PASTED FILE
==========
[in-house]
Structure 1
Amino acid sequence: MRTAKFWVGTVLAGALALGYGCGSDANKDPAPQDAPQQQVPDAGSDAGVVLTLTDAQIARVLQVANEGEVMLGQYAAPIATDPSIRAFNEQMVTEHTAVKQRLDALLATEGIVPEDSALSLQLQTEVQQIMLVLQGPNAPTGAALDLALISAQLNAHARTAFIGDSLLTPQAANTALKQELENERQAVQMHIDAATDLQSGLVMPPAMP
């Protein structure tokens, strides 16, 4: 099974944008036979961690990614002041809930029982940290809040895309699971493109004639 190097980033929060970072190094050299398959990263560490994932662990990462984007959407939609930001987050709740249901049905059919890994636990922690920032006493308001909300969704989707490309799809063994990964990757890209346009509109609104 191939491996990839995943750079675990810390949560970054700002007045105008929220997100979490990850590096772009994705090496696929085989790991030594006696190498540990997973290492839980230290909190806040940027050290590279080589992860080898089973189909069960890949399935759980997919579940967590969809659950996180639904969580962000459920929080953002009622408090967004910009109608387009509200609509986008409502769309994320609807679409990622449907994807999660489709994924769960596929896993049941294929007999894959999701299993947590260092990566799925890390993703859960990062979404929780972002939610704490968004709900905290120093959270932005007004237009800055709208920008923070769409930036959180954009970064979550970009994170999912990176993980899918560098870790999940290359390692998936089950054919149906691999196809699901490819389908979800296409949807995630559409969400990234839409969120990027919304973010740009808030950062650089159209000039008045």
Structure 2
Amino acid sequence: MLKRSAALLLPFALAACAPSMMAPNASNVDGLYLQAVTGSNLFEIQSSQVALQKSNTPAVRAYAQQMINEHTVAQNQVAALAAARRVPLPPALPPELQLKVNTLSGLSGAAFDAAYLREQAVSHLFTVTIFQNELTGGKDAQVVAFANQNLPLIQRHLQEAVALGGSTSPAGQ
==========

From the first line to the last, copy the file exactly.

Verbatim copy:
[in-house]
Structure 1
Amino acid sequence: MRTAKFWVGTVLAGALALGYGCGSDANKDPAPQDAPQQQVPDAGSDAGVVLTLTDAQIARVLQVANEGEVMLGQYAAPIATDPSIRAFNEQMVTEHTAVKQRLDALLATEGIVPEDSALSLQLQTEVQQIMLVLQGPNAPTGAALDLALISAQLNAHARTAFIGDSLLTPQAANTALKQELENERQAVQMHIDAATDLQSGLVMPPAMP
């Protein structure tokens, strides 16, 4: 099974944008036979961690990614002041809930029982940290809040895309699971493109004639 190097980033929060970072190094050299398959990263560490994932662990990462984007959407939609930001987050709740249901049905059919890994636990922690920032006493308001909300969704989707490309799809063994990964990757890209346009509109609104 191939491996990839995943750079675990810390949560970054700002007045105008929220997100979490990850590096772009994705090496696929085989790991030594006696190498540990997973290492839980230290909190806040940027050290590279080589992860080898089973189909069960890949399935759980997919579940967590969809659950996180639904969580962000459920929080953002009622408090967004910009109608387009509200609509986008409502769309994320609807679409990622449907994807999660489709994924769960596929896993049941294929007999894959999701299993947590260092990566799925890390993703859960990062979404929780972002939610704490968004709900905290120093959270932005007004237009800055709208920008923070769409930036959180954009970064979550970009994170999912990176993980899918560098870790999940290359390692998936089950054919149906691999196809699901490819389908979800296409949807995630559409969400990234839409969120990027919304973010740009808030950062650089159209000039008045």
Structure 2
Amino acid sequence: MLKRSAALLLPFALAACAPSMMAPNASNVDGLYLQAVTGSNLFEIQSSQVALQKSNTPAVRAYAQQMINEHTVAQNQVAALAAARRVPLPPALPPELQLKVNTLSGLSGAAFDAAYLREQAVSHLFTVTIFQNELTGGKDAQVVAFANQNLPLIQRHLQEAVALGGSTSPAGQ